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Alterations in lipid and inositol metabolisms in two dopaminergic disorders

PLoS One. 2016 Jan 25;11(1):e0147129. doi: 10.1371/journal.pone.0147129. eCollection 2016

Authors/Editors: Schulte EC, Altmaier E, Berger HS, Do KT, Kastenmüller G, Wahl S, Adamski J, Peters A, Krumsiek J, Suhre K, Haslinger B, Ceballos-Baumann A, Gieger C, Winkelmann J.
Publication Date: 2016

Abstract

BACKGROUND:
Serum metabolite profiling can be used to identify pathways involved in the pathogenesis of and potential biomarkers for a given disease. Both restless legs syndrome (RLS) and Parkinson's disease (PD) represent movement disorders for which currently no blood-based biomarkers are available and whose pathogenesis has not been uncovered conclusively. We performed unbiased serum metabolite profiling in search of signature metabolic changes for both diseases.

METHODS:
456 metabolites were quantified in serum samples of 1272 general population controls belonging to the KORA cohort, 82 PD cases and 95 RLS cases by liquid-phase chromatography and gas chromatography separation coupled with tandem mass spectrometry. Genetically determined metabotypes were calculated using genome-wide genotyping data for the 1272 general population controls.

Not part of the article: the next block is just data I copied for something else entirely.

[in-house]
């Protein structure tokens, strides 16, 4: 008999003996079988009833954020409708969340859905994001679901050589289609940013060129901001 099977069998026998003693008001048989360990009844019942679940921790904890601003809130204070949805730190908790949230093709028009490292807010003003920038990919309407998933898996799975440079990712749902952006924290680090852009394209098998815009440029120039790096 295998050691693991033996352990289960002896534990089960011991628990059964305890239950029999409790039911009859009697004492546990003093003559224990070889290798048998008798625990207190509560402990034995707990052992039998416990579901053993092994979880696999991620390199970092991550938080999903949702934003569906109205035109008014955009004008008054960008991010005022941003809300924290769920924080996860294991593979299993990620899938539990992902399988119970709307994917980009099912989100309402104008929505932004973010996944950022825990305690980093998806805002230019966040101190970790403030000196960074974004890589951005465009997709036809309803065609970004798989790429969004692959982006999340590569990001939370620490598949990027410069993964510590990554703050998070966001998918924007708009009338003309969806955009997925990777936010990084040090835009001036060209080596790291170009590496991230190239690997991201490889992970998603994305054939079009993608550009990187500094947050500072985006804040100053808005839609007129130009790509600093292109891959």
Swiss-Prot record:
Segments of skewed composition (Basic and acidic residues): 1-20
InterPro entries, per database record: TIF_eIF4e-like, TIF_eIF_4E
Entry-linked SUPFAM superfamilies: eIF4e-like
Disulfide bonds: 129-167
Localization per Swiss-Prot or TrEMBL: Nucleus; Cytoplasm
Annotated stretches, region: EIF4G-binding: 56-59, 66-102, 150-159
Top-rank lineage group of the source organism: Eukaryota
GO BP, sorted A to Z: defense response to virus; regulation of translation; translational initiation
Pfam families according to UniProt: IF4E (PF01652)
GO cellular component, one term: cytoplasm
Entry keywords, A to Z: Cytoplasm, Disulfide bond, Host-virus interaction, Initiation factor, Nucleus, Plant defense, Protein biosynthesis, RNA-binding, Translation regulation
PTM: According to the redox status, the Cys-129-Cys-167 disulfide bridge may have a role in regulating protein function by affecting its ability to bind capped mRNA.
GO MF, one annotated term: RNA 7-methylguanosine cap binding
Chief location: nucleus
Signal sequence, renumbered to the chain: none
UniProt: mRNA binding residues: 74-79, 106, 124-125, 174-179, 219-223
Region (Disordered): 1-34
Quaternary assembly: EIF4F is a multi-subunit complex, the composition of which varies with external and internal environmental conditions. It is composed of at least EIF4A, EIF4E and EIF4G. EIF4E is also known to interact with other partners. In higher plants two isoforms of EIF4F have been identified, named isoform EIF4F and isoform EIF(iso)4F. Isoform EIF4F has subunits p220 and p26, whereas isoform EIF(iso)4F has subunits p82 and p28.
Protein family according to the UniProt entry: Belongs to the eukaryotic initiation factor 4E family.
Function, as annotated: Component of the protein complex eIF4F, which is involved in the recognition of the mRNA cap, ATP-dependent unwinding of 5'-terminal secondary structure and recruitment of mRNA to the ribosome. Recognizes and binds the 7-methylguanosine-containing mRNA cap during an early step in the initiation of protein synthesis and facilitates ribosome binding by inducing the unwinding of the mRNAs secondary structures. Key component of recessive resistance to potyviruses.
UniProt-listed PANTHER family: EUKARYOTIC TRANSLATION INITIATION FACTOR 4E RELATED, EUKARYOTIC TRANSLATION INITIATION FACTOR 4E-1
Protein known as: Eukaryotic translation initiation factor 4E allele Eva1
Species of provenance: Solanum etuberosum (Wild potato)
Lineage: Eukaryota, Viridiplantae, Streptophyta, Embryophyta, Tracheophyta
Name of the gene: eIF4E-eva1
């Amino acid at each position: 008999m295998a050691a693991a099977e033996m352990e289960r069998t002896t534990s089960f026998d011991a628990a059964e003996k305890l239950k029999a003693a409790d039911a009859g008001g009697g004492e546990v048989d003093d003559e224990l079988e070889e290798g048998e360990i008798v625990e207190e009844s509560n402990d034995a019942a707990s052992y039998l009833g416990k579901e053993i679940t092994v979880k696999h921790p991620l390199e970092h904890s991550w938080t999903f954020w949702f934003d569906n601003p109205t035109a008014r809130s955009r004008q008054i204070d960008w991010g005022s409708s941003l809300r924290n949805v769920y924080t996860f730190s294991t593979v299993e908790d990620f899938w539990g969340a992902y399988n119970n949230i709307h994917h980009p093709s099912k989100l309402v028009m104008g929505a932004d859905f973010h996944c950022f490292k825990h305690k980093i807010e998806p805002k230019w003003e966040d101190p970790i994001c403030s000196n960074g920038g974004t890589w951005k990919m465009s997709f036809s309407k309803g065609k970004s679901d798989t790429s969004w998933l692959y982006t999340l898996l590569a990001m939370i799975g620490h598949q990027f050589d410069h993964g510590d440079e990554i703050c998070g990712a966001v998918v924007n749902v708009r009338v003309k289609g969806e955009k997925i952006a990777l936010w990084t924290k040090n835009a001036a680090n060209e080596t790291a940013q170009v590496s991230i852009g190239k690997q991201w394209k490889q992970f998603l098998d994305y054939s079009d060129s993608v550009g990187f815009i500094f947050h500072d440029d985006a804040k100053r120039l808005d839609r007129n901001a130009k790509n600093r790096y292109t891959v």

RESULTS:
After stringent quality control, we identified decreased levels of long-chain (polyunsaturated) fatty acids of individuals with PD compared to both RLS (PD vs. RLS: p = 0.0001 to 5.80x10-9) and general population controls (PD vs. KORA: p = 6.09x10-5 to 3.45x10-32). In RLS, inositol metabolites were increased specifically (RLS vs. KORA: p = 1.35x10-6 to 3.96x10-7). The impact of dopaminergic drugs was reflected in changes in the phenylalanine/tyrosine/dopamine metabolism observed in both individuals with RLS and PD.

CONCLUSIONS:
A first discovery approach using serum metabolite profiling in two dopamine-related movement disorders compared to a large general population sample identified significant alterations in the polyunsaturated fatty acid metabolism in PD and implicated the inositol metabolism in RLS. These results provide a starting point for further studies investigating new perspectives on factors involved in the pathogenesis of the two diseases as well as possible points of therapeutic intervention.

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